Frequently Asked Questions
Regular eye exams are an invaluable tool in maintaining your eyes’ health by detecting and preventing disease. Some diseases, like glaucoma, develop gradually without any pain or vision loss – so you may not notice anything wrong until significant and irreversible damage has been done. Early detection allows for a choice of treatment options or prevents further harm.
- An Ophthalmologist is a medical doctor & surgeon, involved in the diagnosis and medical/surgical treatment of all conditions and diseases affecting the eye in addition to performing comprehensive routine eye exams and prescribing glasses and contact lenses.
- An Optometrist is an eye care professional, specialized in their refractive state of the eye and primarily correct vision through fitting glasses and contact lenses.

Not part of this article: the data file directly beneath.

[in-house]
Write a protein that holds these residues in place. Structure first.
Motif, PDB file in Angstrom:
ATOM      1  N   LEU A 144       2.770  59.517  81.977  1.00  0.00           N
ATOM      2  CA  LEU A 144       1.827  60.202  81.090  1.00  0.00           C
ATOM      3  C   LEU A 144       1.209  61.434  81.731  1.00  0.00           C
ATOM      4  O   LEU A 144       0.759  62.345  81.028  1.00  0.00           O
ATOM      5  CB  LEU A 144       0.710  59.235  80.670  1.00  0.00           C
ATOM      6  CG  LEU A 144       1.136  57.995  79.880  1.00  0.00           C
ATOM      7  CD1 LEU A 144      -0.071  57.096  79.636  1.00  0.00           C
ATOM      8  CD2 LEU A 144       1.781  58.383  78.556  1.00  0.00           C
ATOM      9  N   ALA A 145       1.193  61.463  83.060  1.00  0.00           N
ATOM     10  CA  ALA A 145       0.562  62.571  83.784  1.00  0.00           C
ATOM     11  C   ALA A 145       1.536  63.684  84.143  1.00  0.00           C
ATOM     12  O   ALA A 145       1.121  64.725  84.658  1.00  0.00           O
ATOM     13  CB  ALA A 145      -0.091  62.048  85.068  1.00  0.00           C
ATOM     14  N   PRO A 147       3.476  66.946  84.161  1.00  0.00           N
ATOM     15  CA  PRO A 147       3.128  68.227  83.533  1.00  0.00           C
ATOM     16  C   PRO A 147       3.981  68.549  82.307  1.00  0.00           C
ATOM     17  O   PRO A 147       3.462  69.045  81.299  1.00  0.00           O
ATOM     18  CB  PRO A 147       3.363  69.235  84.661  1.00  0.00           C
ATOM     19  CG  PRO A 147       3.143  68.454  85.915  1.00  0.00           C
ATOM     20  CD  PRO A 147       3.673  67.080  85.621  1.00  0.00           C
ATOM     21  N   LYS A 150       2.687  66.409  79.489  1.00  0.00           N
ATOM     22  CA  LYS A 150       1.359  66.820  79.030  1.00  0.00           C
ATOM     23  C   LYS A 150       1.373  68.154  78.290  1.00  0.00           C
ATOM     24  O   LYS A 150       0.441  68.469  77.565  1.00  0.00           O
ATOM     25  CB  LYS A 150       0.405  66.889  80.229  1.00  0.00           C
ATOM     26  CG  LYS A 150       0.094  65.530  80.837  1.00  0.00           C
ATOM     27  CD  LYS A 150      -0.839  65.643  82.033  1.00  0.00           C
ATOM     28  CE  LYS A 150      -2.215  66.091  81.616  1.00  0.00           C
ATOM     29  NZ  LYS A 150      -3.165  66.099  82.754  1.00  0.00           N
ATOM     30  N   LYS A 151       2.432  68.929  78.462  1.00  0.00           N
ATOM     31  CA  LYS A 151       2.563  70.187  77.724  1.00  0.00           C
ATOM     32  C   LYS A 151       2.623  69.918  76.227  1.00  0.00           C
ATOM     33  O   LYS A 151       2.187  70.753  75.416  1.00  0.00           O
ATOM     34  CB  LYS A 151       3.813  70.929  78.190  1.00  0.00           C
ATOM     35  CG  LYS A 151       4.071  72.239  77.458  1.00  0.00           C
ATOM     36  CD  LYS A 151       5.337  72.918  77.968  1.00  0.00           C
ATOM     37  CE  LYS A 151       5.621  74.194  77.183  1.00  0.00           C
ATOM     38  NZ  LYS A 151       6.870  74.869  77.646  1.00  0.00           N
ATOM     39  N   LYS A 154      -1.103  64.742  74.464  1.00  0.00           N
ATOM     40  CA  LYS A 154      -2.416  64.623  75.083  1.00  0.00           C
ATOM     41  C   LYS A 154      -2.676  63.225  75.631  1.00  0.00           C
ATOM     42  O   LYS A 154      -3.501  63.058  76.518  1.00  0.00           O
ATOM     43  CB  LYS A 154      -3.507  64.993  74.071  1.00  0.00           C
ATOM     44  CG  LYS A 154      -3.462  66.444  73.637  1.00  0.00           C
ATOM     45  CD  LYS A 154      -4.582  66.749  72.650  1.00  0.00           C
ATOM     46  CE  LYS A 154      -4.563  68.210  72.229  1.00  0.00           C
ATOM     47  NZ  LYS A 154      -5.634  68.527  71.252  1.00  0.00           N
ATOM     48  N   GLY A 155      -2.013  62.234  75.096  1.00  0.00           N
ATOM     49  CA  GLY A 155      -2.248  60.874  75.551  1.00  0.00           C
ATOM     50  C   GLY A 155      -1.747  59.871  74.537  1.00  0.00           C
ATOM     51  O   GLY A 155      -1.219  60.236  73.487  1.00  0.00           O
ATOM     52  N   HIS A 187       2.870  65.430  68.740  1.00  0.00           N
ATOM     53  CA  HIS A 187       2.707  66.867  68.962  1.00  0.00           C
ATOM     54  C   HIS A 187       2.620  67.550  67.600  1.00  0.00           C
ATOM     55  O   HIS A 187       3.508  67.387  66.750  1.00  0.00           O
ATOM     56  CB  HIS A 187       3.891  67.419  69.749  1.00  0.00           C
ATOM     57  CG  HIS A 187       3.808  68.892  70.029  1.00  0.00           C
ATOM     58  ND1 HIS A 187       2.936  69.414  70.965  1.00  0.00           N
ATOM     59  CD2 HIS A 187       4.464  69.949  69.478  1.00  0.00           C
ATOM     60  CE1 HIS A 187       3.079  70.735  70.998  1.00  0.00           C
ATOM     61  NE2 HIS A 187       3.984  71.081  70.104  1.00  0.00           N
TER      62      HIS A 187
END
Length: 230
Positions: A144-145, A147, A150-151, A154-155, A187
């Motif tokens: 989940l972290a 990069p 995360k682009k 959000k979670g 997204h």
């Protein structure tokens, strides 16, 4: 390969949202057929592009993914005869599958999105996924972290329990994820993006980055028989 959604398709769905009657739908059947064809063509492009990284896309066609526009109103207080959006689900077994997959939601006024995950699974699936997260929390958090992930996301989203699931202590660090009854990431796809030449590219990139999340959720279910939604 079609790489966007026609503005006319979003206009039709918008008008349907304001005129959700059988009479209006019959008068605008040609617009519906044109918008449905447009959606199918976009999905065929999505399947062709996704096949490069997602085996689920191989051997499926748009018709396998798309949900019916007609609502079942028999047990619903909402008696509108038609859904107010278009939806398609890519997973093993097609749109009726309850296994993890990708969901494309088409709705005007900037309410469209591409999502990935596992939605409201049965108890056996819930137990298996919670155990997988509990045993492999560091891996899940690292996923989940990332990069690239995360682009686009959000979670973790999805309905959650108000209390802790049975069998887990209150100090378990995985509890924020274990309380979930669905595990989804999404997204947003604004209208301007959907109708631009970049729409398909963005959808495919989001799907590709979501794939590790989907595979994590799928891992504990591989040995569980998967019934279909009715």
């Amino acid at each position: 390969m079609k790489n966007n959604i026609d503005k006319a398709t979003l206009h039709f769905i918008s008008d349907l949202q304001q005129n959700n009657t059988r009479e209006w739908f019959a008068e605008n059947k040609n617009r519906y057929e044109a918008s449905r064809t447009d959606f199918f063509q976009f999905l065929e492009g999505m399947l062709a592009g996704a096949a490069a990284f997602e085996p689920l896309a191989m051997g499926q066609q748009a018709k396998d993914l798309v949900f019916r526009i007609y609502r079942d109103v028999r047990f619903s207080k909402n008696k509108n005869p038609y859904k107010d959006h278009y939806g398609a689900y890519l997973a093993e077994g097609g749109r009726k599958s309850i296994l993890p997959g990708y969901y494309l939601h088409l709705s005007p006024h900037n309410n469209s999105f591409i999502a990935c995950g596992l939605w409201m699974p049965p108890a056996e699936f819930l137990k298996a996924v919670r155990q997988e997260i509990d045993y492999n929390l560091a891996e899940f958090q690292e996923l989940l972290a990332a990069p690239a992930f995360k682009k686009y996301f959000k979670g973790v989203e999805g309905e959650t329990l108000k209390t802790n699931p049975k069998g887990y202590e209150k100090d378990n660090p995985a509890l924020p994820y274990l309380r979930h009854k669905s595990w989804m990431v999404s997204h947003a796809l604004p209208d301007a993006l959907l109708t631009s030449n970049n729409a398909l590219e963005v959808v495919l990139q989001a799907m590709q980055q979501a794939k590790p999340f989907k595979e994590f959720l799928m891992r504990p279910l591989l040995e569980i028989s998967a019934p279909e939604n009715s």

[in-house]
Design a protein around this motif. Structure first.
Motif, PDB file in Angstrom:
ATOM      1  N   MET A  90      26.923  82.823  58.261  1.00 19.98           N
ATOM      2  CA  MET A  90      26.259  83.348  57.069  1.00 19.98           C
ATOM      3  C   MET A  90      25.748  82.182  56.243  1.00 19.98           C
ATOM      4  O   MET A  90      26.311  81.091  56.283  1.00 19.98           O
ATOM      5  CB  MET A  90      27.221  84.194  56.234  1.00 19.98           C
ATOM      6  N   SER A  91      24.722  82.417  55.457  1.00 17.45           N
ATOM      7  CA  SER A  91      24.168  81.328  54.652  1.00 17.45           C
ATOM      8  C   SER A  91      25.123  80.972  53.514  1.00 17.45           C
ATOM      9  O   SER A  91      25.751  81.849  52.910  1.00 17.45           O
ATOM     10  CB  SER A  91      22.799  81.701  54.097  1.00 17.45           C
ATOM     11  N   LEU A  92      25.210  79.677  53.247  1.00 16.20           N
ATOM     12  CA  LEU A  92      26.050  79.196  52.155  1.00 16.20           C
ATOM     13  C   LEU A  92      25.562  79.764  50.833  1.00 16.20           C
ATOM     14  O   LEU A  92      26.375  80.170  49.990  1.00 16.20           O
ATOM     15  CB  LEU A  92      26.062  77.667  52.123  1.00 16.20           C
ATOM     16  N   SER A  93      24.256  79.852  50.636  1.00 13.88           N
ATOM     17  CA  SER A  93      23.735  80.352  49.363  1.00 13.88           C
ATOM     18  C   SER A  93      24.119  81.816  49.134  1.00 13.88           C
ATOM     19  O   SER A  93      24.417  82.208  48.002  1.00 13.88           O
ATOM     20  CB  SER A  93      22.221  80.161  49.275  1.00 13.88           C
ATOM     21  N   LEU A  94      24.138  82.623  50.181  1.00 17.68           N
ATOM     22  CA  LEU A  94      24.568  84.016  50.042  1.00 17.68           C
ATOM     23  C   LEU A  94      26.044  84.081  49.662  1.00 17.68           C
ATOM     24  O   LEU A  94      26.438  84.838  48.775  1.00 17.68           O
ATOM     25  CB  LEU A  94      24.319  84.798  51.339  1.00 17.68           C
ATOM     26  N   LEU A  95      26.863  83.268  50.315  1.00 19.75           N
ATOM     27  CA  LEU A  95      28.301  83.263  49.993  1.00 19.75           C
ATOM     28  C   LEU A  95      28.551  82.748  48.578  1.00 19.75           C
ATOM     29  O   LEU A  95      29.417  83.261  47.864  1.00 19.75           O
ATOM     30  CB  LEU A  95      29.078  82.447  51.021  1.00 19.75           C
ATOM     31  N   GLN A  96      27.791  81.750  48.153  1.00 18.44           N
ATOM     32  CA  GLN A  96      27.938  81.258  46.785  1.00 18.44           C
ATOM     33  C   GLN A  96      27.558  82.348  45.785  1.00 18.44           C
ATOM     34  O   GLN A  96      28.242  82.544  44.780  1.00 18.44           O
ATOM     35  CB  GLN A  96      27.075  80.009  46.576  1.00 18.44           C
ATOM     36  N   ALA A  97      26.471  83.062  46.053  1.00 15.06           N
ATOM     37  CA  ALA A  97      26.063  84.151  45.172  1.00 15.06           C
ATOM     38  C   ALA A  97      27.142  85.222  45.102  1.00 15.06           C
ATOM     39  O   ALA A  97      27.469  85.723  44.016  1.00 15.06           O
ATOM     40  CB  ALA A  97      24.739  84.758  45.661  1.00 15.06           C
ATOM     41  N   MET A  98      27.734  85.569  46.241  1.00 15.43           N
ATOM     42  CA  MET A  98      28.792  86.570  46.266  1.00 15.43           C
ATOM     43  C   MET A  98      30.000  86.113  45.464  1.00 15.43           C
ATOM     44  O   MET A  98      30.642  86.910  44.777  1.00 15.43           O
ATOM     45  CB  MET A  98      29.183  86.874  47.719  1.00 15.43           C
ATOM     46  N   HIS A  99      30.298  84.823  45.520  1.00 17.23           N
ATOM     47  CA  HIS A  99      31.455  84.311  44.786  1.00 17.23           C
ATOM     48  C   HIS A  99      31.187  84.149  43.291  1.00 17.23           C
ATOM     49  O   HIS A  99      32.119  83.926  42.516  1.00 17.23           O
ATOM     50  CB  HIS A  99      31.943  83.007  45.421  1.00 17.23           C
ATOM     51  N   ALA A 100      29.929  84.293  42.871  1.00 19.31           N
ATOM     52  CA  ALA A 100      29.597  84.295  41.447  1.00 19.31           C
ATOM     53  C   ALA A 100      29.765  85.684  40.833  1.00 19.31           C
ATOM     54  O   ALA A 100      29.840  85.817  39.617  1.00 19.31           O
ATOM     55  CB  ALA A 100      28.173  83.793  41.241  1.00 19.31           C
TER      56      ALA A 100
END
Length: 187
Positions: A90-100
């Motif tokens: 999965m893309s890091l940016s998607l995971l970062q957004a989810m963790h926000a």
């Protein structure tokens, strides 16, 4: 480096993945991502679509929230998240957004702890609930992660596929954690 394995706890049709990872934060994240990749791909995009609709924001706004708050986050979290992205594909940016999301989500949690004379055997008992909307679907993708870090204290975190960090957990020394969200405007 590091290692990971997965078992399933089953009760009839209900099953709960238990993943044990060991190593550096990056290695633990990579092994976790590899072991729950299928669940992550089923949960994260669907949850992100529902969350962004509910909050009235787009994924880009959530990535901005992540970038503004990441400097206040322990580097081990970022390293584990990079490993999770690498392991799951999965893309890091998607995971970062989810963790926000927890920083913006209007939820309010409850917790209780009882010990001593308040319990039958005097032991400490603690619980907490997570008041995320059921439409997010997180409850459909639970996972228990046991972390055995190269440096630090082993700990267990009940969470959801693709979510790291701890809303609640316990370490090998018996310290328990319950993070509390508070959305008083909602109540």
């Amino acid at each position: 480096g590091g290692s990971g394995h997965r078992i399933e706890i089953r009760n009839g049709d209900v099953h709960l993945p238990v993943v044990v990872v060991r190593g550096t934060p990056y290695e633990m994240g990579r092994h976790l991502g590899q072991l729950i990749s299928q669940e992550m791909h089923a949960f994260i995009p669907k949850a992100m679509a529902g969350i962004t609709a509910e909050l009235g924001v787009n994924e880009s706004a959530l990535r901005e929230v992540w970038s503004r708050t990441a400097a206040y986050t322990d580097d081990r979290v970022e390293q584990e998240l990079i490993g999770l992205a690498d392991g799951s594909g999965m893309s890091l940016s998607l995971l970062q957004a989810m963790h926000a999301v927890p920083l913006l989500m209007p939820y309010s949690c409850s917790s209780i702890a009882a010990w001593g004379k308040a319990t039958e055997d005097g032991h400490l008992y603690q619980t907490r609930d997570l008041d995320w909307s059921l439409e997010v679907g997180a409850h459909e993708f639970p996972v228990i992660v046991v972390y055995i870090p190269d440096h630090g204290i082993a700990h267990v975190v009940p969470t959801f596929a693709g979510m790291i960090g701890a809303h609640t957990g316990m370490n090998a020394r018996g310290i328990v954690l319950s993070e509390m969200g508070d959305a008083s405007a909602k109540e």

- An Optician is a person who works at an eyeglass store and is involved in the manufacturing and sale of eyeglasses
- Adults with glasses: Annually
- Adults without glasses: Once in 2-3 Years
- 60+ year old people: Annually
- Anyone with an eye disease will be called for check more frequently.
Children are often referred to an ophthalmologist if they are thought to be having a problem with their eyes, like pink eye, vision problems, squint etc. In children who have no eye complaints, a routine eye exam is often recommended around the age of 4-5.
Carrot is good for health, but not the only food good for eyes. Some other foods that if eaten regularly are good for your eyes’ health are:
- Dark green vegetables like broccoli, spinach, etc.
- Orange coloured food like oranges, papaya, mango, carrot, etc
- Other non-meat protein sources like eggs, nuts, and beans
- Salmon, tuna, and other oily fish
- Eggs, nuts, beans and other non-meat protein sources